Walk into the dealer knowing what other people have paid for the car you want, its invoice price, its MSRP, and your “walk away price”: the most you’re willing to spend.
Play it cool. Even if you’re taking your dream car out for a test drive, don’t act all moony over it. The salesman will know he’s got leverage in the deal and fan the flame of your emotions, so that you stop thinking so rationally about the purchase. Act nonchalant; point out things you don’t like about the car — “It’s nice, but this isn’t the color or trim package I was looking for.”
Let the salesman make the first move. Even with online searches and sticker prices listed on cars, those numbers are rarely ever final. They’re basically a starting point, and everyone involved knows that. So a salesman will probably ask something like “What kind of budget do you have?” or “What were you looking to spend on this vehicle?” Once you throw out a number, though, you can’t go any lower than that, even if a lower price may have been on the table. HOW TO BUY A USED CAR:... Best Price: $27.21 Buy New $12.96 (as of 08:55 EDT - Details)
So follow Rule #1 of negotiating: make the other guy spit out the first number. If the salesman asks you to name a price first, ask in return, “Well, what’s the very best we can get this car for?” (Bone up on your general negotiating skills by listening to Brett’s interview with former FBI negotiator Chris Voss.)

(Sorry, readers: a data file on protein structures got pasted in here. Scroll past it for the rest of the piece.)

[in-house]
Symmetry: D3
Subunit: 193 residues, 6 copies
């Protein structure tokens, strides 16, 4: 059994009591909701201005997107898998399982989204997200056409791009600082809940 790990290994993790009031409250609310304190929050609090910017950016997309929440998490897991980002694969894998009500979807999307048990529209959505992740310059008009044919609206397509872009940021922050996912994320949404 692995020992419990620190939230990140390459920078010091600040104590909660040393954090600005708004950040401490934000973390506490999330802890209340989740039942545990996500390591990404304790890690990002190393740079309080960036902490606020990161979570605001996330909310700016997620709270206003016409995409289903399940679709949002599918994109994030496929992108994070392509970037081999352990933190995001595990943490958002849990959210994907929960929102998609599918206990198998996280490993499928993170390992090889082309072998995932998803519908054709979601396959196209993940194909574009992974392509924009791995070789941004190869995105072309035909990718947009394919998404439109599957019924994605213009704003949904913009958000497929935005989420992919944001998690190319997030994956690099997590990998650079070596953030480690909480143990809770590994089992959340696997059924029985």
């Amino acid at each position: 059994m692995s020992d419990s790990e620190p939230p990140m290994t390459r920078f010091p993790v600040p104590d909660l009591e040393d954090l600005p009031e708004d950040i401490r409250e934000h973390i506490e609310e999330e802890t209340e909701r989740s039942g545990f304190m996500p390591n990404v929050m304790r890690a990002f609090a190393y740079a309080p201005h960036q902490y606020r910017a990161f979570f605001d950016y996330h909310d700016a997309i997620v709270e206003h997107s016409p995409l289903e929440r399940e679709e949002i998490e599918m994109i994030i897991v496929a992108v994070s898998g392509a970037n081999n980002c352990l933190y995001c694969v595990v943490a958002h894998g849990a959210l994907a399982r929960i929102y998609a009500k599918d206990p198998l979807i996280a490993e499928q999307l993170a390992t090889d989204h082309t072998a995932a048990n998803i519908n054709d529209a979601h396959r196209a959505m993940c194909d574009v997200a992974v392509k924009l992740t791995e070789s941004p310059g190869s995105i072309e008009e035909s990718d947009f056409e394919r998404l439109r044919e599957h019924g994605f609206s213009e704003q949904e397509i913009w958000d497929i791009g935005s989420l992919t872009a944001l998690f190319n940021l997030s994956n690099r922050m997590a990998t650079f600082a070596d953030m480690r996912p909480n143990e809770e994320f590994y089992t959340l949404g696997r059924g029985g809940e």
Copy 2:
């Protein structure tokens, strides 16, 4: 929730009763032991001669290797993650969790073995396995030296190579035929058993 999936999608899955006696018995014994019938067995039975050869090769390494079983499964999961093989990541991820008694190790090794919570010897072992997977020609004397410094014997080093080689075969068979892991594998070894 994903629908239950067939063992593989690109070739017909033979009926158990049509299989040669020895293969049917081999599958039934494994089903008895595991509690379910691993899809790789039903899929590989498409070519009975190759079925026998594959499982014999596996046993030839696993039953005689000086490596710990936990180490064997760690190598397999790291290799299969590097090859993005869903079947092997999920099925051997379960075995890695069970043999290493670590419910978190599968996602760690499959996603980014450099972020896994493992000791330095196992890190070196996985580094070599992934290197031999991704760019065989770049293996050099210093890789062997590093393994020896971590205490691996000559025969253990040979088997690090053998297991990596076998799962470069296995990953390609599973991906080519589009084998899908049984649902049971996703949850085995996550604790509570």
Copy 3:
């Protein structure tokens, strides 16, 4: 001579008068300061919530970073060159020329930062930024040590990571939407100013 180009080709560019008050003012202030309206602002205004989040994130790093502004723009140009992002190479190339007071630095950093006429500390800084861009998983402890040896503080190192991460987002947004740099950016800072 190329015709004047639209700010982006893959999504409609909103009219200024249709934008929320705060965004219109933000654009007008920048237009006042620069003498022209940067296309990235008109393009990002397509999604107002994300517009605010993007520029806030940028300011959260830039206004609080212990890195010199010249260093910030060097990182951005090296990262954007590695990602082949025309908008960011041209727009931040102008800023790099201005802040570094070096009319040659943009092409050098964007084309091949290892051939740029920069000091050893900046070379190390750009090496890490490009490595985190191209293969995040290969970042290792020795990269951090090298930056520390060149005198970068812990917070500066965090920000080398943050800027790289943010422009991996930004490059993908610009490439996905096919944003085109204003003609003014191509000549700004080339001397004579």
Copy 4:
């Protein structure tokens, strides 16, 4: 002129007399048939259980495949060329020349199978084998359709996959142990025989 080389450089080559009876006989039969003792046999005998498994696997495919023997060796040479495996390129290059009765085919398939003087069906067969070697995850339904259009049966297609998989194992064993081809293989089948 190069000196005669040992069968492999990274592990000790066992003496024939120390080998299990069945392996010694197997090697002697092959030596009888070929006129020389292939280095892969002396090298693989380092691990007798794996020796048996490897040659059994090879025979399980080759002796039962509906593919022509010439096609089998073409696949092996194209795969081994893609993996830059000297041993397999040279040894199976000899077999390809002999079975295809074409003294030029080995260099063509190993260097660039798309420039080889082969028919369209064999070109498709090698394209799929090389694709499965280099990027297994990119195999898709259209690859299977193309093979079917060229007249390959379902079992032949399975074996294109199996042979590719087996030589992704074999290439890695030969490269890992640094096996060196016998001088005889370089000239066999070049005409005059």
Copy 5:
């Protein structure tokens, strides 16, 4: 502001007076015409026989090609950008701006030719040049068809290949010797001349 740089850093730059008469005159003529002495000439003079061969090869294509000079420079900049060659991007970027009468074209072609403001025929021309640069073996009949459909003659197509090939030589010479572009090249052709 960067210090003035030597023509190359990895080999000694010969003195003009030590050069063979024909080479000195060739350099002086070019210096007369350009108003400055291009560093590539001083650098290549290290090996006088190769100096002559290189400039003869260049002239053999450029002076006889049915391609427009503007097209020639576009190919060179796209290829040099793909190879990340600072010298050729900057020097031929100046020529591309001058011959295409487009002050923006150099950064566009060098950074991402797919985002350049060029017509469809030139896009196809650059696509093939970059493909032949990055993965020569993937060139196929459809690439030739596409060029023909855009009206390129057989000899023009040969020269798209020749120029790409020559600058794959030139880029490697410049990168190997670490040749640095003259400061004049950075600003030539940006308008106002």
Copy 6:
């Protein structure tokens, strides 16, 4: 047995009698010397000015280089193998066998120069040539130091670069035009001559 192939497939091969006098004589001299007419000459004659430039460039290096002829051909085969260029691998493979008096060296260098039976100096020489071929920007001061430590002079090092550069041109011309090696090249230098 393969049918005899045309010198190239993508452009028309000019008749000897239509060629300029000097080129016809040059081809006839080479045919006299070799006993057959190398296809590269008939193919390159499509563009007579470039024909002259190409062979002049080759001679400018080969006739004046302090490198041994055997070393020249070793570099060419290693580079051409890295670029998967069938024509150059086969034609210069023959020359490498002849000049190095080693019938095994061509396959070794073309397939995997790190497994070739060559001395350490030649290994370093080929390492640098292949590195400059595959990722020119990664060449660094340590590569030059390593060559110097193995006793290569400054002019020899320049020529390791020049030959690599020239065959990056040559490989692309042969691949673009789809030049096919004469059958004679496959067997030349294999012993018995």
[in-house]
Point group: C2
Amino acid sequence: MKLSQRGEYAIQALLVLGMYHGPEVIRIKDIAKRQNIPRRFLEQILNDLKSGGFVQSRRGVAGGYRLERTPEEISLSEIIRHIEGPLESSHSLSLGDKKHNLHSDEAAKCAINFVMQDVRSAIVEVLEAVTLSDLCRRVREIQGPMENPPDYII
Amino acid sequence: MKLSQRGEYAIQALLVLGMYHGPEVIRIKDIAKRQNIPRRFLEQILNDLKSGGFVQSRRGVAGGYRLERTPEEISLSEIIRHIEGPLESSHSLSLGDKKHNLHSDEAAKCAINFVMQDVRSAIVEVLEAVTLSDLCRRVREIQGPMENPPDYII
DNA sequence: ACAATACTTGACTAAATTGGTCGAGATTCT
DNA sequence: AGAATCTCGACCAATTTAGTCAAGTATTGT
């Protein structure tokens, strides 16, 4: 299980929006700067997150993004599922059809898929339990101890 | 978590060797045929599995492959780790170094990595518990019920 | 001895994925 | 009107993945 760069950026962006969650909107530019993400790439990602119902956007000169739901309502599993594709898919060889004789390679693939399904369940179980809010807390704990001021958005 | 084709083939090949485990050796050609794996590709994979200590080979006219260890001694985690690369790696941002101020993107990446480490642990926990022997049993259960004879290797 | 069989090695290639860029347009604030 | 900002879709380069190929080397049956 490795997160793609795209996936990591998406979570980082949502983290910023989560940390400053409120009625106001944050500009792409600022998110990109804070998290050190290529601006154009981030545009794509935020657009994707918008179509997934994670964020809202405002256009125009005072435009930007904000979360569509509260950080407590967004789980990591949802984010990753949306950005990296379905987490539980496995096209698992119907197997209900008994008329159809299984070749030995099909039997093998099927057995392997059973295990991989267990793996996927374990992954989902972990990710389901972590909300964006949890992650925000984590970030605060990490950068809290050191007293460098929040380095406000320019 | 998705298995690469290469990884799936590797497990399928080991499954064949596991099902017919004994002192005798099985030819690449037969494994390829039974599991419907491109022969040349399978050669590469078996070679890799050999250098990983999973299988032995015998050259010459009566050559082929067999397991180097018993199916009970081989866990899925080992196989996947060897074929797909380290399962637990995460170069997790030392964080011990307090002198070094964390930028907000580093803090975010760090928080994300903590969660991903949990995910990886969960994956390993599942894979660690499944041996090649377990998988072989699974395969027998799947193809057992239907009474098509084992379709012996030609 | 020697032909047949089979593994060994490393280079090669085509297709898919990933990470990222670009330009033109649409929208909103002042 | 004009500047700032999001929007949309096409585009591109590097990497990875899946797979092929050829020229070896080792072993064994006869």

Know how much you can ask for off. The big question with negotiating a car purchase is how much you can reasonably ask off the retail price.
It varies according to whether you’re buying a new or used car:
- New. As explained above, a salesman isn’t busting your balls when he says he can’t go too low below the MSRP of a new car; he’s really not going to make much money if he does. It’s reasonable to ask for 5% off the invoice price. He’ll probably counter back, and you’ll end up somewhere between the invoice price and the sticker price.
- Used. With used cars, there can be more wiggle room. Throw out something like 20% off. You’re probably not going to get that, but it’s a good place to start negotiating up from.
Be prepared to work your way through multiple offers and counteroffers, and don’t be afraid of “offending” the salesman with your asks. Who cares? You won’t even remember his name a couple years from now. You’re both there to make a deal, and if you do, you’ll both benefit.
Shop multiple dealers. Don’t be afraid to use the tactic of mentioning that you can get a better deal down the street. Just be sure you can back up that claim. Play the dealers/lots against each other and see who wants your business more.